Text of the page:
As a pre-removal detention facility, Amygdaleza holds those deemed eligible for return. Utilizing the exception clause included in the Directive on Return, in 2013 Greece announced it would detain migrants for up to 18 months. The main argument was that the extended limit would enable the Greek state to complete the process of deportation for those it deemed eligible. Furthermore, a rather controversial amendment in 2012 specified that persons who suffer from a contagious disease, or are at increased risk of contracting such a disease, are a ‘dangerous to public order’ and may also be detained.

The Amygdaleza detention centre can accommodate around 2,000 people (Source: DW)
As a space of incarceration, the pre-removal facility is fundamentally a prison, a holding space for a specific kind of ‘criminal.’ However, if one walks amongst the different areas of the facility, the indiscriminate nature of detention becomes apparent fairly quickly. From Afghans, Pakistanis, and Bangladeshis to sub-Saharan Africans, Moroccans, and Algerians, migrants are detained for 18 months pending their ‘removal’ from the country.

Undocumented migrants who haven’t yet applied for asylum prior to their apprehension are arrested and transferred to Amygdaleza, from the various detention facilities where they are initially held, once their screening is completed. The initial basis for the transfer is nationality. Generally, women with children aren’t detained, yet single men and minors are. If a third country national is apprehended and considered eligible for return (i.e., does not fall in the non-deportable category of nationalities, like Syrians, Somalis, or Iraqis), s/he will usually be transferred from a detention facility (where s/he’s initially held) to a pre-removal center either to be deported or voluntarily returned.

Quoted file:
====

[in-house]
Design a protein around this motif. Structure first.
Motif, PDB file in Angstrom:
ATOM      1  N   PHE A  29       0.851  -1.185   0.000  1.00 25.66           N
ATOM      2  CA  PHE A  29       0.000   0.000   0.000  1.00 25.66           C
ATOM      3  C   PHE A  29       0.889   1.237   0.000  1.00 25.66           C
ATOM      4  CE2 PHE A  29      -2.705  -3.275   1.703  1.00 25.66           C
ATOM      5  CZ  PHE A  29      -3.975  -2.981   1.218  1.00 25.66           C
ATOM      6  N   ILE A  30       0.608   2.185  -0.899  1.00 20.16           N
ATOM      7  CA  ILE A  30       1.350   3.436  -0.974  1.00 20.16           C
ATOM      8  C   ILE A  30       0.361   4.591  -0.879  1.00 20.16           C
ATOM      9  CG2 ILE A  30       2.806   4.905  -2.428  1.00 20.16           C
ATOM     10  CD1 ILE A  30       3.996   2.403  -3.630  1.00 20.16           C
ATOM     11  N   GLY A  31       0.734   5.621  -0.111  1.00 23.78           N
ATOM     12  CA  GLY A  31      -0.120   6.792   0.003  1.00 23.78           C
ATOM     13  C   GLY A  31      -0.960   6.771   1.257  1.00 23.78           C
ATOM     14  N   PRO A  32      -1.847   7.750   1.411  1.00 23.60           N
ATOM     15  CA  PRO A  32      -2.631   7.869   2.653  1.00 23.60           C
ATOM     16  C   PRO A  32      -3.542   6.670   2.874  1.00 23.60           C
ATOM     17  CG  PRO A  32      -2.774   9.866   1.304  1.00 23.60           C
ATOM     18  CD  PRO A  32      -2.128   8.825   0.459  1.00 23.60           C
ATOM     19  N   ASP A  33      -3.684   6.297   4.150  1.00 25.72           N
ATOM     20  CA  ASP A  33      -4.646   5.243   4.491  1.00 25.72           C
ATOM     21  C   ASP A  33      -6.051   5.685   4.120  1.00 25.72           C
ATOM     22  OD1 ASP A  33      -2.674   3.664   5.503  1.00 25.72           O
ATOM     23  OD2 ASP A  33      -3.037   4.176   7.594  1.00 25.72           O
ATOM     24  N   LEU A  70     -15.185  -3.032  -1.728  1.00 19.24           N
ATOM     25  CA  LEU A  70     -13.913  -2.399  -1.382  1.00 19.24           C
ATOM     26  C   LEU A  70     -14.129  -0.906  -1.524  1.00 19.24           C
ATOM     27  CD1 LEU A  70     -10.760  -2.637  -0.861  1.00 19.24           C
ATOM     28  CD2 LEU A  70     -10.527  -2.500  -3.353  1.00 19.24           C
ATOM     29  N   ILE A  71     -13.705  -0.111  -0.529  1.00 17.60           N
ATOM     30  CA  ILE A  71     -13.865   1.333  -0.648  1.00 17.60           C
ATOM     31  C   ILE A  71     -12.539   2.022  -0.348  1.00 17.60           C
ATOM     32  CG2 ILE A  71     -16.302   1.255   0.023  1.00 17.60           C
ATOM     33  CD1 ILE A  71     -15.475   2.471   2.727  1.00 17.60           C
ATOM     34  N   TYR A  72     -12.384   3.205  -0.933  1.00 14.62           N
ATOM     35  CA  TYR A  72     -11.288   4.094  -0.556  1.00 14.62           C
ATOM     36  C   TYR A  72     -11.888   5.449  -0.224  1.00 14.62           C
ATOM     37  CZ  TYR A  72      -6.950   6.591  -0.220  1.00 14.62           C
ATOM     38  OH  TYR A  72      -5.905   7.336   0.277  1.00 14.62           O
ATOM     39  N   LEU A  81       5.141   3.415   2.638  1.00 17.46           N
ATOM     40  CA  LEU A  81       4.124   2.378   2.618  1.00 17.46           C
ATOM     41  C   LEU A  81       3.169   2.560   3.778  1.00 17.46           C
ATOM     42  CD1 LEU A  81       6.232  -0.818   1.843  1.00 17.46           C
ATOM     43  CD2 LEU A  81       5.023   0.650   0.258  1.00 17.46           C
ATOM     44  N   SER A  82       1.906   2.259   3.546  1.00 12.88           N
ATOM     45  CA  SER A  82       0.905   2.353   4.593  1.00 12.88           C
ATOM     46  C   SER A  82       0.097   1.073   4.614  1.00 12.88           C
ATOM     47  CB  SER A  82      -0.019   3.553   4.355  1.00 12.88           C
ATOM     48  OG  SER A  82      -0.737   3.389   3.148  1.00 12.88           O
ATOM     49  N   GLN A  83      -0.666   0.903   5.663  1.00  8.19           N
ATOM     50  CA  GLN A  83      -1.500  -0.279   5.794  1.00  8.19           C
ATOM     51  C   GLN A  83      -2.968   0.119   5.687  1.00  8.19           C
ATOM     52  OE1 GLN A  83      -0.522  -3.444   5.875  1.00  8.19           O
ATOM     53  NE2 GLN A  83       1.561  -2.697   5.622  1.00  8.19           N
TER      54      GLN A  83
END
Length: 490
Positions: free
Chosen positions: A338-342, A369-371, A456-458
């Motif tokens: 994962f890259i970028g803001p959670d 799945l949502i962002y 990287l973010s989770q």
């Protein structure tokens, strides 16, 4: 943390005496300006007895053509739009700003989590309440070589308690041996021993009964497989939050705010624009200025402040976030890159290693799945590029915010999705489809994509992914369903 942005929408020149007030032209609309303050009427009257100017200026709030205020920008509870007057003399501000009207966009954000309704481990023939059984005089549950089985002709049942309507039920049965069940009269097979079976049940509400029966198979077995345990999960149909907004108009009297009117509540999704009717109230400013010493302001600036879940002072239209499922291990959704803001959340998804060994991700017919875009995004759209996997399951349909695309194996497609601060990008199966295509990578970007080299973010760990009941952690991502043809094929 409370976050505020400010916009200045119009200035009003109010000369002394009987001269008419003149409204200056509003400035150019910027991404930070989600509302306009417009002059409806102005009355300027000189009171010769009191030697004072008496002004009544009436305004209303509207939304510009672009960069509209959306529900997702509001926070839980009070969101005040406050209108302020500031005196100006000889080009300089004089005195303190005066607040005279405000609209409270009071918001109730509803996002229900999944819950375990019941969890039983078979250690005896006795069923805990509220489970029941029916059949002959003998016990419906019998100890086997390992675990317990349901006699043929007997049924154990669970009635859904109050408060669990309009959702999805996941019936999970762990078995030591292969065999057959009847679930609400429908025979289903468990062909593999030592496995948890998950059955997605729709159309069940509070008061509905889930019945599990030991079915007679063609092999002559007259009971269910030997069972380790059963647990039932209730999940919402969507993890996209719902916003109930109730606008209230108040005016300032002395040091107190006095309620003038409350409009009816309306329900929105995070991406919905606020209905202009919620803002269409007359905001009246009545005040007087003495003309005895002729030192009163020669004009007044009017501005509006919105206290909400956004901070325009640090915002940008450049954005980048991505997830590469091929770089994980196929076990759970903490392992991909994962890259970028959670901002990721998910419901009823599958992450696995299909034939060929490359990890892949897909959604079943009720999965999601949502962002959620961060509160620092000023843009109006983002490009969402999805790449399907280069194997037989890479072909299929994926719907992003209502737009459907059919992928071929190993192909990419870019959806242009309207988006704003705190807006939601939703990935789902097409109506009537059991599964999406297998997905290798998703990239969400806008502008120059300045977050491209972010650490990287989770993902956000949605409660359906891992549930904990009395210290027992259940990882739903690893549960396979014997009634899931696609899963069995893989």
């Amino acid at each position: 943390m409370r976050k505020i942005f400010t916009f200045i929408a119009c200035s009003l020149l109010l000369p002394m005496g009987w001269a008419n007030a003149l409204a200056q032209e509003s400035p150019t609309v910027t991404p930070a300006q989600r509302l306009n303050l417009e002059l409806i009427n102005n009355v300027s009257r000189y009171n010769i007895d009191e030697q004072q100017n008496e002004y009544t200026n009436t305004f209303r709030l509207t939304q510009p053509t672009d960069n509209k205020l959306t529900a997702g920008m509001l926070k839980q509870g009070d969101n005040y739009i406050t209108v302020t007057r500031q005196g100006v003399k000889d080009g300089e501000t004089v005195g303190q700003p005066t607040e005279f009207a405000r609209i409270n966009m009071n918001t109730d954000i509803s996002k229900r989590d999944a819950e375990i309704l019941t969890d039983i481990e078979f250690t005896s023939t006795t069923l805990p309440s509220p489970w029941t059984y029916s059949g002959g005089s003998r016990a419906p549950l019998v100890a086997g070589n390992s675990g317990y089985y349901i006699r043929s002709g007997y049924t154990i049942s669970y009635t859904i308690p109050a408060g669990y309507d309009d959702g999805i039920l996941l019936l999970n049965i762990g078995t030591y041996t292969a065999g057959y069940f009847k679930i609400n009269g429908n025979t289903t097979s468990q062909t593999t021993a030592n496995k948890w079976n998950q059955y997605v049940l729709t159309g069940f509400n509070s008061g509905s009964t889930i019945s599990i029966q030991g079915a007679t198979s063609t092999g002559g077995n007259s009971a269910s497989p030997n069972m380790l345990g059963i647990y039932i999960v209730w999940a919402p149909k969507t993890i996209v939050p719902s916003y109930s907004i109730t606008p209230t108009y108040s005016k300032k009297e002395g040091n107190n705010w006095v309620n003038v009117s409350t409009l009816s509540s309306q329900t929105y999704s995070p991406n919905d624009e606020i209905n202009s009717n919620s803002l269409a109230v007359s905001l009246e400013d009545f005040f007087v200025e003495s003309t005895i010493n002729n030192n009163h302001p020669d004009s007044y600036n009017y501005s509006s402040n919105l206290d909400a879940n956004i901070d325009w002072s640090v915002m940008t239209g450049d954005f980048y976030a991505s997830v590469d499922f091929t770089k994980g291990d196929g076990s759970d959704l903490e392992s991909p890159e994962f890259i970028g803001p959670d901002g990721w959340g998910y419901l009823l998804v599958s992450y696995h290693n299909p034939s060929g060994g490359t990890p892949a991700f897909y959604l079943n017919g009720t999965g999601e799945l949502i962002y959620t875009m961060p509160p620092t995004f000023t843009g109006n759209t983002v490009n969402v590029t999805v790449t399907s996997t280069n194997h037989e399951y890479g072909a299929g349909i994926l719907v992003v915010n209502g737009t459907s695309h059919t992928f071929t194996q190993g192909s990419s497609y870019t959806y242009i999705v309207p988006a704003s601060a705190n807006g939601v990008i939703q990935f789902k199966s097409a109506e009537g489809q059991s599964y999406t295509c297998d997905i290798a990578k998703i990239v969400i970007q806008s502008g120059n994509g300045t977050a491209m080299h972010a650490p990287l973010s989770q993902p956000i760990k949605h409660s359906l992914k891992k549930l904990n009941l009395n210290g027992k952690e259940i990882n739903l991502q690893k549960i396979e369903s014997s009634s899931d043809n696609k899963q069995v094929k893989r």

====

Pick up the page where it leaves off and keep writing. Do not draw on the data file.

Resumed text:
Upon arrival at the facility, migrants are, at least in theory, meant to be informed of the duration of their detention, the option to apply for asylum and what happens in relation to their detention of the information disseminated. The ‘genius’ of the system lies in the vagueness with which it disseminates such information. The accuracy and level of information depend on who offers it (e.g., the guard, the asylum officer, the interpreter) and if it’s indeed offered at all. Sources are jumbled and so are facts. Many Afghanis who had registered for the voluntary return program stressed that they’d been told by various sources (detainees, friends, guards) that if they applied for asylum their detention time would start from zero and they’d end up spending at least 18 months in the facility. This threat dissuaded them from seeking protection, which has various implications not only in relation to asylum, but also for return, for if they aren’t categorized as asylum seekers, they’re treated as eligible returnees, a label that inexorably pushes them closer towards the option of voluntary return.